Over the past two decades in fly fishing, jig-style flies with barbless hooks have emerged as an effective alternative to traditionally barbed hooks. Look in any fly bin across the country and you'll more than likely find some jigs in the nymph section. The craze began with competition anglers looking for an advantage, and has since filtered down throughout fly fishing. But why are they so popular now? Are there any benefits other than being different?
Actually, yes. Here are some reasons we love jig flies at The River's Edge.
Pick up a jig fly and the first thing you're likely to notice is the placement of the eye on the hook. As opposed to a standard dry fly, the eye of a jig hook runs parallel to the hook itself and is offset at an angle from the shank. As it's tied to the tippet, due to this design, a jig fly will ride hook up. If you think about all the times you've had to re-rig a nymph after you've busted off on a rock thinking it was the fish of your life, you'll understand why that alone is an excellent benefit.
The versatility of jig flies also provides anglers with a good reason to start using them. Some anglers mistakenly assume jig flies can only work with a Euro nymph setup, which can make them seem slightly intimidating. The good news about jig flies is that they'll work just about anytime, anywhere you'd use a regular nymph, and they can be customized for a wide range of conditions.
If you tie flies, transitioning some of your favorite nymphs and streamers to jig hooks can open up an entirely new line of thinking. You can take your favorite patterns and, using slotted beads built for jig hooks, have the same pattern in the same size and color, but with several different weights. This ability to use jig flies in a lot of situations makes them extremely useful in every angler's fly box.
Jig hooks are barbless, which is a great thing if you're a fish. If you remember all the times you've crimped down the barb of your fly (which you should probably do most of the time anyway), you'll quickly understand the appeal of a hook built without a barb. Now, these hooks are quite sharp and remain thin throughout, so they will pierce a fish's mouth more easily, resulting in less missed hooksets. The other upshot of this is that the hooks will come out of a fish's mouth more readily, which is a good thing for the health of the fish. Additionally, because the fly rides hook up, you'll have fewer foul hooks. It'll be surprising how many fish you end up catching right in the corner of their mouths.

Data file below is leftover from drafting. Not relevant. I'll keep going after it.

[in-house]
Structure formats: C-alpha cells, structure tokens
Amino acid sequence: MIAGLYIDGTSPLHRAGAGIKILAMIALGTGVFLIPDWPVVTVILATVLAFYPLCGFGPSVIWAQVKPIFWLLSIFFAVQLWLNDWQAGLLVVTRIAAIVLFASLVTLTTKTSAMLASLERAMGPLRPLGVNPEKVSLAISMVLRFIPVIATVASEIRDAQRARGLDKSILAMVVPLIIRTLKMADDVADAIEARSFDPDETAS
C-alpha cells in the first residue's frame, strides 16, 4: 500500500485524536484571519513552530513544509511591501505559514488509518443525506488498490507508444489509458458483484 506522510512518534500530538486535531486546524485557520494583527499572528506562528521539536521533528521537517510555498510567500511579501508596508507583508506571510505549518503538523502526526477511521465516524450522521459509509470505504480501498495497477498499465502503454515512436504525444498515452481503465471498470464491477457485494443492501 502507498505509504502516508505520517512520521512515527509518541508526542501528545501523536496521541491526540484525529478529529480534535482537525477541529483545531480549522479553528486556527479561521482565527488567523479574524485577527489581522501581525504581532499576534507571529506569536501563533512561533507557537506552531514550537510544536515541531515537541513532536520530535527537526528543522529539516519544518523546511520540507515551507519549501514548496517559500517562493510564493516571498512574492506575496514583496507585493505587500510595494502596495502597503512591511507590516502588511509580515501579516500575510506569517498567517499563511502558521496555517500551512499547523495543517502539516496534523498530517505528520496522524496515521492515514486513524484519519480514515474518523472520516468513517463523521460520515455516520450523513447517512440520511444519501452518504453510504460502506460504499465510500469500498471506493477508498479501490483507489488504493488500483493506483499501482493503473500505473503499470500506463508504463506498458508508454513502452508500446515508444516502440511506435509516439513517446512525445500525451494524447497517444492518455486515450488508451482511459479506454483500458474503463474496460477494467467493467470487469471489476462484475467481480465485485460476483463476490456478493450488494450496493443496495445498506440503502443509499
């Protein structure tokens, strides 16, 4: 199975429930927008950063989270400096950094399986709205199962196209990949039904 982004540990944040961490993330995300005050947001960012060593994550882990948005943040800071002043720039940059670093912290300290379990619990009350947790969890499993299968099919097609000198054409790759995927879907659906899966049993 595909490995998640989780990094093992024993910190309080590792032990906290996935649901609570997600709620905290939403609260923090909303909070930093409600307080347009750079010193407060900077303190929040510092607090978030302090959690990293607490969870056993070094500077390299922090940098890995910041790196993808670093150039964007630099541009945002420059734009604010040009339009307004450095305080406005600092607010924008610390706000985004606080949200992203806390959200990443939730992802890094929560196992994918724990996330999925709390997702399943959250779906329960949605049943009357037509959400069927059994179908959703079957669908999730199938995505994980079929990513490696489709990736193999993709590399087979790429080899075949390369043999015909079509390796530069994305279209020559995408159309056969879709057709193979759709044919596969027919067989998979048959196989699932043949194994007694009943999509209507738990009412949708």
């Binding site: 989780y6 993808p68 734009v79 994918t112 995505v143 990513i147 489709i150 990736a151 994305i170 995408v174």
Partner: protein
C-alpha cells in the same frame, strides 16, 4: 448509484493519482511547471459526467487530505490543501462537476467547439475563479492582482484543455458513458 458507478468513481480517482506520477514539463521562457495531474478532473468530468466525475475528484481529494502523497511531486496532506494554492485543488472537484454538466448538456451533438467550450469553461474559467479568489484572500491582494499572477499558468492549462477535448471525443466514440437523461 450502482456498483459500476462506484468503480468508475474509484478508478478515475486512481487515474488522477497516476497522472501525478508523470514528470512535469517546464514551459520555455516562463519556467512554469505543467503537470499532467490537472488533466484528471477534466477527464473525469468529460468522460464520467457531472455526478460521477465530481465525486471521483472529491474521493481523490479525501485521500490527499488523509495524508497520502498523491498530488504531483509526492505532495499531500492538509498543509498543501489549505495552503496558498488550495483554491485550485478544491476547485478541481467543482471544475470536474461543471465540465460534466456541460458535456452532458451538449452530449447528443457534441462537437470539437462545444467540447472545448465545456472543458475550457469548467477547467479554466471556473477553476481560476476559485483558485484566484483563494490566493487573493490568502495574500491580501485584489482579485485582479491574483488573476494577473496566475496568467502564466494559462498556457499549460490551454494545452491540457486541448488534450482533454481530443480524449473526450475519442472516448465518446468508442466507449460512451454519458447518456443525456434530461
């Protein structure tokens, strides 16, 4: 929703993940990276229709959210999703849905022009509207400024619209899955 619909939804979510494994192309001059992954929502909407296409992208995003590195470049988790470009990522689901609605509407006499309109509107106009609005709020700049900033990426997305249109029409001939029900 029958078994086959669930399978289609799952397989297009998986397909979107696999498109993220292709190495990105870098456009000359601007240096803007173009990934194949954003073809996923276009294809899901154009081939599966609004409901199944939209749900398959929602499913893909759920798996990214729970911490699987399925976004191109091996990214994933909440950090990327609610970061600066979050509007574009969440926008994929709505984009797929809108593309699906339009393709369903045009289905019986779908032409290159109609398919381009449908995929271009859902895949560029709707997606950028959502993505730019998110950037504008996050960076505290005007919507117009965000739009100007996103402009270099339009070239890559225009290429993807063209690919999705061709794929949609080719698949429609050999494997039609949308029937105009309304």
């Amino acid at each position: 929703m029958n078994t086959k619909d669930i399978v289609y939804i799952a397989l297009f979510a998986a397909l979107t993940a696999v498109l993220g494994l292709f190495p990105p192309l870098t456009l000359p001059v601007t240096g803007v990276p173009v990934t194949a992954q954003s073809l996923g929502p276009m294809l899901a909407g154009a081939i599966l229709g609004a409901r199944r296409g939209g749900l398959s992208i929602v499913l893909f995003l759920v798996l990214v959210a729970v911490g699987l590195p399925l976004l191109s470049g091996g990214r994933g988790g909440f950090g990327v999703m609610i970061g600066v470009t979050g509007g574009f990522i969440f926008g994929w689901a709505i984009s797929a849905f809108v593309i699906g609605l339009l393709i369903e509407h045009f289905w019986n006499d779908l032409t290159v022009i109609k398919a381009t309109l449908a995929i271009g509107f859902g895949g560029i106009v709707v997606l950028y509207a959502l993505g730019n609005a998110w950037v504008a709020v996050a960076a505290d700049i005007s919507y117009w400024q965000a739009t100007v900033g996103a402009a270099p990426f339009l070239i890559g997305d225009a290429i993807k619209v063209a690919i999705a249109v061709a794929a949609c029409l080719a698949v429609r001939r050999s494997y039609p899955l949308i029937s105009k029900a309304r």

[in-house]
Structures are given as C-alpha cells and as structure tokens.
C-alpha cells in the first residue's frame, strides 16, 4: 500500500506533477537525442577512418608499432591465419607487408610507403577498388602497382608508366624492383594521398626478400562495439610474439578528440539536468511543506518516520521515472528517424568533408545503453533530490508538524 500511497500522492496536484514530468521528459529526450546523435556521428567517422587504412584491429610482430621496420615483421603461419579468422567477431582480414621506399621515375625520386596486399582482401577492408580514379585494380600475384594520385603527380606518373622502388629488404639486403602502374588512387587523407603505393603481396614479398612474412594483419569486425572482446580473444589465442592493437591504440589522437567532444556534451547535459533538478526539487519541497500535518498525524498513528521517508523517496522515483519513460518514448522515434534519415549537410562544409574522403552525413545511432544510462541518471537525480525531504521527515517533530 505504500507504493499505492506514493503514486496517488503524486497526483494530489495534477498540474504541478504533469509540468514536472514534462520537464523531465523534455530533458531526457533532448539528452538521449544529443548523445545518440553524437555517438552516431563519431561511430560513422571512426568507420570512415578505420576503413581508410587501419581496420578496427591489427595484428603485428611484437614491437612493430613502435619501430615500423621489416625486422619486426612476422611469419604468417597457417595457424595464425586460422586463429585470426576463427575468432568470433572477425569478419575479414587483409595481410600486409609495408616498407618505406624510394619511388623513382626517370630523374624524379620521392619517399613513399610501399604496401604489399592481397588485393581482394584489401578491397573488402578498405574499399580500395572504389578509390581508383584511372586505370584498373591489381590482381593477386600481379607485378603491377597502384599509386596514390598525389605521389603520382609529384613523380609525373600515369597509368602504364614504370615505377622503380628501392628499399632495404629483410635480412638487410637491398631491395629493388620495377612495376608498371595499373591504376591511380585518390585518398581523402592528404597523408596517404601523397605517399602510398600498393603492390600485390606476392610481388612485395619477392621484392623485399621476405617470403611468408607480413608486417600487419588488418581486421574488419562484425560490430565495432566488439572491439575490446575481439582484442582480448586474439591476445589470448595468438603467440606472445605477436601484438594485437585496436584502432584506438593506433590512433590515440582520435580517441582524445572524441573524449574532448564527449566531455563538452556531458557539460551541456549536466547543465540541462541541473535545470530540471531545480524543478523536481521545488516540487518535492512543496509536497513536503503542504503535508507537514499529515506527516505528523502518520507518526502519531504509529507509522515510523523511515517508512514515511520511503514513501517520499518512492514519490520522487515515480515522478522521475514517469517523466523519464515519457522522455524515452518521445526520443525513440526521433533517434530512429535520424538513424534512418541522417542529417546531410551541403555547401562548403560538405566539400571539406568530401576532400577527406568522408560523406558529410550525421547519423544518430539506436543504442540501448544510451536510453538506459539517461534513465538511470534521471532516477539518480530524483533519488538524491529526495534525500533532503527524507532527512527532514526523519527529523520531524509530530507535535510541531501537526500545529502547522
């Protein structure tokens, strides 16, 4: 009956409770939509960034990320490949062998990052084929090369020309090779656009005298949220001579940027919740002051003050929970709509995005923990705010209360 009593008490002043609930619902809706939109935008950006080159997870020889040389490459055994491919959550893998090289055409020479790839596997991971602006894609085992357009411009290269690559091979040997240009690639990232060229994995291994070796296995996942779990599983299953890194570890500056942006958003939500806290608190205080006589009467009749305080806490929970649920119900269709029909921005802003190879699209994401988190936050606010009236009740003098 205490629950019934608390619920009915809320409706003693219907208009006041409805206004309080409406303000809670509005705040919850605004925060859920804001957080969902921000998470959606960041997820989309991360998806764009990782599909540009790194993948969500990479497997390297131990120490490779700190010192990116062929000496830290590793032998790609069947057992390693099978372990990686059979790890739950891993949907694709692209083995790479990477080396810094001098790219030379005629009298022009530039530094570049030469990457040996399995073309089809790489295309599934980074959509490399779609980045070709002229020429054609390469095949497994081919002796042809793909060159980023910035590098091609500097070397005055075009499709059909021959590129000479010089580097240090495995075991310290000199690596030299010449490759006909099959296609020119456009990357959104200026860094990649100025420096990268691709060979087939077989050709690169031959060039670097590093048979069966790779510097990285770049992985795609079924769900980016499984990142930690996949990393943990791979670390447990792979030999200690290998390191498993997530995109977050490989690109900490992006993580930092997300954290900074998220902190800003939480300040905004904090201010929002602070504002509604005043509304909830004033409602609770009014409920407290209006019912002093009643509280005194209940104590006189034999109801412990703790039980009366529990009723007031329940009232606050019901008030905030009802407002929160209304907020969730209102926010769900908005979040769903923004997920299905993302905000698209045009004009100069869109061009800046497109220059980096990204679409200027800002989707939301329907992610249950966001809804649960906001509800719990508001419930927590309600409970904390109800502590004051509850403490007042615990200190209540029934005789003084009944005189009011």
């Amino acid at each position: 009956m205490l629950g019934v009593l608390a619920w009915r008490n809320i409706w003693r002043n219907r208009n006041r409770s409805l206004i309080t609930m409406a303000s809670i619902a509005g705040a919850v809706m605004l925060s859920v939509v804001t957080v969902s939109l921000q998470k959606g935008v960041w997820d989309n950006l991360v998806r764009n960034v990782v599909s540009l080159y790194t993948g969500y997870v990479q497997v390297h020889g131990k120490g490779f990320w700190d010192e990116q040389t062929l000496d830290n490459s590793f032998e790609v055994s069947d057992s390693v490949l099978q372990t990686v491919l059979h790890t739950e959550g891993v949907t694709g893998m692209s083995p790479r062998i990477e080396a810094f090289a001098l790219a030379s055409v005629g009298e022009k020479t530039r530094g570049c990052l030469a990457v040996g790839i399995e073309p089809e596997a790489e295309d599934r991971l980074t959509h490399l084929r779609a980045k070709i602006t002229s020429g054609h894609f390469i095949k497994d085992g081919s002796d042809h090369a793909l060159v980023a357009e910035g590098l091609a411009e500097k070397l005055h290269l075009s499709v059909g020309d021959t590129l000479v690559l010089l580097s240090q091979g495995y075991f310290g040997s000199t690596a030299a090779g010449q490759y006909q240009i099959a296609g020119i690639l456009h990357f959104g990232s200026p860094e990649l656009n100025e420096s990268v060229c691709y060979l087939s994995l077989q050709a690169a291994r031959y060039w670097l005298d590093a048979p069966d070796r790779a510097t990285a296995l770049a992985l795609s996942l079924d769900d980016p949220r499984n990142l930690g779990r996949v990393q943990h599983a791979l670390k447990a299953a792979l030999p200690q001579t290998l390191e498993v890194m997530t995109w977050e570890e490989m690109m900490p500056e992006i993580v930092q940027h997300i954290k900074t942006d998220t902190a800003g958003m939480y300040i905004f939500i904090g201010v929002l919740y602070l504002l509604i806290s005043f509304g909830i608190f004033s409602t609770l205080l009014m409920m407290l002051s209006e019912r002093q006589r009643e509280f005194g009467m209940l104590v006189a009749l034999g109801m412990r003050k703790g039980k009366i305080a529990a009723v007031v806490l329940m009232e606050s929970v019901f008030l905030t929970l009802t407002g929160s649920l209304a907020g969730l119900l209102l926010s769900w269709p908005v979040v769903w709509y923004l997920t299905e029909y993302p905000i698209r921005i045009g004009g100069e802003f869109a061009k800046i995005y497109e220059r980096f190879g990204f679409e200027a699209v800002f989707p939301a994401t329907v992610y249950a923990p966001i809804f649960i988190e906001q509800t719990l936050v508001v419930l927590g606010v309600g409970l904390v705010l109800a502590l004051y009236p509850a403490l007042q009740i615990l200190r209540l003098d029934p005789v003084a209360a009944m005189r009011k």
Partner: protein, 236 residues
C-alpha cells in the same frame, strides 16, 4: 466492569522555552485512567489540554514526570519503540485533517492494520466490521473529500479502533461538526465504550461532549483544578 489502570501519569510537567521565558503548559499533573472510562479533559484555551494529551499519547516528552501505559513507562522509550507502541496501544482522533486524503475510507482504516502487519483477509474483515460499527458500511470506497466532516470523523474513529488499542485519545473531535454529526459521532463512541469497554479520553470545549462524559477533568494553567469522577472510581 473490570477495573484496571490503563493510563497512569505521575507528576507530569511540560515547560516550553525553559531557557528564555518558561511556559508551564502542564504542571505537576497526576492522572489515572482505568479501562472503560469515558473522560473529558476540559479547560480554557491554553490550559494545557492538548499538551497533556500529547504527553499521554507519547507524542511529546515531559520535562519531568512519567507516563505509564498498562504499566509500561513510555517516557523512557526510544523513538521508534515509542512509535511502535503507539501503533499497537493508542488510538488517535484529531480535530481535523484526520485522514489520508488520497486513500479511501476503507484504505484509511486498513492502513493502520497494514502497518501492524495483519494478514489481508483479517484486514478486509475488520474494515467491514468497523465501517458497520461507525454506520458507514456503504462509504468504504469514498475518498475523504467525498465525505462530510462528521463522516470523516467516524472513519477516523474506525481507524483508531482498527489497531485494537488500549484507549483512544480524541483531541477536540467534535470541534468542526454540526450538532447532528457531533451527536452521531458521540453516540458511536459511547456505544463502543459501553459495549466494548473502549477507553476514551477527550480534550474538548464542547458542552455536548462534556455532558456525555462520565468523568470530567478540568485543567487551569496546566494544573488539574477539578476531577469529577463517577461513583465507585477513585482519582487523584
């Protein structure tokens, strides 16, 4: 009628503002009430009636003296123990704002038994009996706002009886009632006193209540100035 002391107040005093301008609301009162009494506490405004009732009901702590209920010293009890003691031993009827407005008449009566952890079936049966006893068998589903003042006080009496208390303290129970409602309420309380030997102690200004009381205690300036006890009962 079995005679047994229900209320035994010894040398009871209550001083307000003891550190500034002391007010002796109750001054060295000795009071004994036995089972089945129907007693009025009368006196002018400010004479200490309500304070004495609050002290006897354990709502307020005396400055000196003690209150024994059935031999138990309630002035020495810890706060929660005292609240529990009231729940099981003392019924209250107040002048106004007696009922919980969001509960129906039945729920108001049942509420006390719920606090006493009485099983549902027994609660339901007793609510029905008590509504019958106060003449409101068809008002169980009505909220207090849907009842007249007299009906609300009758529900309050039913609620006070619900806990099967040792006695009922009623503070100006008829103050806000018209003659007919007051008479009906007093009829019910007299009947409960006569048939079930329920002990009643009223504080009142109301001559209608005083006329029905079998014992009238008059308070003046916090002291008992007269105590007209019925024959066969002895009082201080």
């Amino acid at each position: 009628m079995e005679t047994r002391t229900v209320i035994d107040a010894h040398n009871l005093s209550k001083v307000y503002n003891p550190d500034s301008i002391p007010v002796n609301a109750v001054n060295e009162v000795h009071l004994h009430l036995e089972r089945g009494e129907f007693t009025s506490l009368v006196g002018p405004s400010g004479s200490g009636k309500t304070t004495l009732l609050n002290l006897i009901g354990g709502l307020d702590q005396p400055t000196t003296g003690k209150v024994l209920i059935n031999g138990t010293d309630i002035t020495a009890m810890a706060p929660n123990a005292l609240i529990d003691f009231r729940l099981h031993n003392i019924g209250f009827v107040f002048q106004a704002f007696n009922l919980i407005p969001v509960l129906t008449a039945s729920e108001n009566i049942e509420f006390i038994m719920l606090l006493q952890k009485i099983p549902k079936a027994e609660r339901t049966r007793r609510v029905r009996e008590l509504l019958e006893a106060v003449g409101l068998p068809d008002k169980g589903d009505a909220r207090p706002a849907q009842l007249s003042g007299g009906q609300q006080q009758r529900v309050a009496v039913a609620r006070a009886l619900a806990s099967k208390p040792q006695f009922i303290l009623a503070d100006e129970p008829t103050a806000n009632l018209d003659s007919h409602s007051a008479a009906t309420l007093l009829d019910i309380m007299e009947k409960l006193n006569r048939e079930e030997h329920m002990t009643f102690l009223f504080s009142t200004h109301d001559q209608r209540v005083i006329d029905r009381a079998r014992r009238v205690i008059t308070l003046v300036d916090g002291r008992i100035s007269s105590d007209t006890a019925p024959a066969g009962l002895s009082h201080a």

We love jig flies here at The River's Edge. If you have any questions about how to use them, stop on by either of our shop locations or give us a call at (406) 586-5373. Good luck out there!
October 12, 2023 1 min read
It's fall, and the temperatures are dropping...but the streamer action is hot. In the spirit of streamer junkies everywhere, we've decided to highlight one of our favorite ways to fish for an entire week.
WHAT: It's STREAMER WEEK, a six-day streamerpalooza at both of our stores. We've got a lot of great stuff lined up, such as:
October 11, 2023 2 min read
Interested in learning to tie your own flies? Join The River's Edge this fall for a three-week Beginner Fly Tying Class. We’ll cover basic tools and techniques along with a handful of simple, reliable patterns to get you started on your own fly-tying journey.
September 03, 2023 2 min read
After working in the shop the past two summers, as well as instructing some of our Fly Fishing Classes, I’ve gotten to interact with tons of new anglers who are just getting started. One of the biggest takeaways I’ve found from these interactions, is that people are really intimidated by the knowledge surrounding fly fishing, specifically knots and different rigs.
Perhaps one of the most helpful, time-saving tools/gear I’ve ever come across is the tippet ring. Many of you have probably already heard of them, but with how much it has helped clients and customers, I feel the need to reintroduce.